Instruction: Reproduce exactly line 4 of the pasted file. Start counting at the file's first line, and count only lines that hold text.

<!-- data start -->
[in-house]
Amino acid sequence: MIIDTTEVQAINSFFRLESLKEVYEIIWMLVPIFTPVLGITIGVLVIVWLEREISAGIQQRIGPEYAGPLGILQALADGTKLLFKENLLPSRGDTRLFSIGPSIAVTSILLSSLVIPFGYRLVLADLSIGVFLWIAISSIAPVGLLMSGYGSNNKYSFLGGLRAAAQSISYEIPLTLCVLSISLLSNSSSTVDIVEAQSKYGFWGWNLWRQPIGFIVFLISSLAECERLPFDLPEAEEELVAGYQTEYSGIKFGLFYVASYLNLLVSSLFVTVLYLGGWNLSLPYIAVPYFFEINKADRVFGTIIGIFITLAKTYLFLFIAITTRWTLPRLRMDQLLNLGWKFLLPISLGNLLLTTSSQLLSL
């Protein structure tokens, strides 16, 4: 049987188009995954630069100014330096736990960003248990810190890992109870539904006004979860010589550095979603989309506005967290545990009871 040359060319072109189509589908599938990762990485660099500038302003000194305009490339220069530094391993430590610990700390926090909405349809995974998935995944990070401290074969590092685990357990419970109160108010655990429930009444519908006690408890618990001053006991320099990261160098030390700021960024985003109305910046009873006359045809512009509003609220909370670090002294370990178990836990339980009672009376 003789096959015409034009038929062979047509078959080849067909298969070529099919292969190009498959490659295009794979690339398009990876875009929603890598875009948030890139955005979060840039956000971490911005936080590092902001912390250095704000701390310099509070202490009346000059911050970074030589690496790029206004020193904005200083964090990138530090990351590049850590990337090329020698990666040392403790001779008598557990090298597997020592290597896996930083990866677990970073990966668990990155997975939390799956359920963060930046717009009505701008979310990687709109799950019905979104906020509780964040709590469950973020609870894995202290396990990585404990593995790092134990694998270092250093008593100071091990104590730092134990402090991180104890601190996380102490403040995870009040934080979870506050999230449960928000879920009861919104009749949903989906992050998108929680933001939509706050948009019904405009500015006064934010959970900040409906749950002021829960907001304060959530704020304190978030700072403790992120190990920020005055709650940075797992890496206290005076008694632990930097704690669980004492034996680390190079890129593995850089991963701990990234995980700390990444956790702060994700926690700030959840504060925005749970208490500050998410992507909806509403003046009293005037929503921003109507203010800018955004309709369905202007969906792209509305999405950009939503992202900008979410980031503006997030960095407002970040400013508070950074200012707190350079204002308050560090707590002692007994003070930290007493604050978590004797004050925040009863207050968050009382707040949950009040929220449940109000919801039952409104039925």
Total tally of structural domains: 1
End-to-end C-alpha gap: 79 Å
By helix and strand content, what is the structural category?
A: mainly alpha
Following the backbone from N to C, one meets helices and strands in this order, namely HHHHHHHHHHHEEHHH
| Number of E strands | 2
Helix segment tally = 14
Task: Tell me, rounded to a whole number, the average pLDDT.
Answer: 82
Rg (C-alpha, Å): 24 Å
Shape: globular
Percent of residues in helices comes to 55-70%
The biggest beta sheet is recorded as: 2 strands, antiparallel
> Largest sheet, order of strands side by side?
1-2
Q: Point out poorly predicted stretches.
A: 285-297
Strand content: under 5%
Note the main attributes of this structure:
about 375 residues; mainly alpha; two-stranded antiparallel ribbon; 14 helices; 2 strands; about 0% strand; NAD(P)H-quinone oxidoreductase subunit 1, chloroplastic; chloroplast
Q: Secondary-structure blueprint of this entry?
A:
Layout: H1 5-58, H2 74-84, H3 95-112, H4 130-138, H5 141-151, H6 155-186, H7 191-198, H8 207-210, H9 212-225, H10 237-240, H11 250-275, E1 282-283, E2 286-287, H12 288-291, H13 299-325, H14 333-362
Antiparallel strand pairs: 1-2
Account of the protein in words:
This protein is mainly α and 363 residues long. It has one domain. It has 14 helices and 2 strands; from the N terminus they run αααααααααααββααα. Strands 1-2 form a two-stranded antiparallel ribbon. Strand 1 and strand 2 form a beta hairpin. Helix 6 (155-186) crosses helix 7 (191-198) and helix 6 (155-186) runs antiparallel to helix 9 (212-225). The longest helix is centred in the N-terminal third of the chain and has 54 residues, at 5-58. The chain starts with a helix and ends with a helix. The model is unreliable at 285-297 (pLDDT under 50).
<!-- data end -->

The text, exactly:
Total tally of structural domains: 1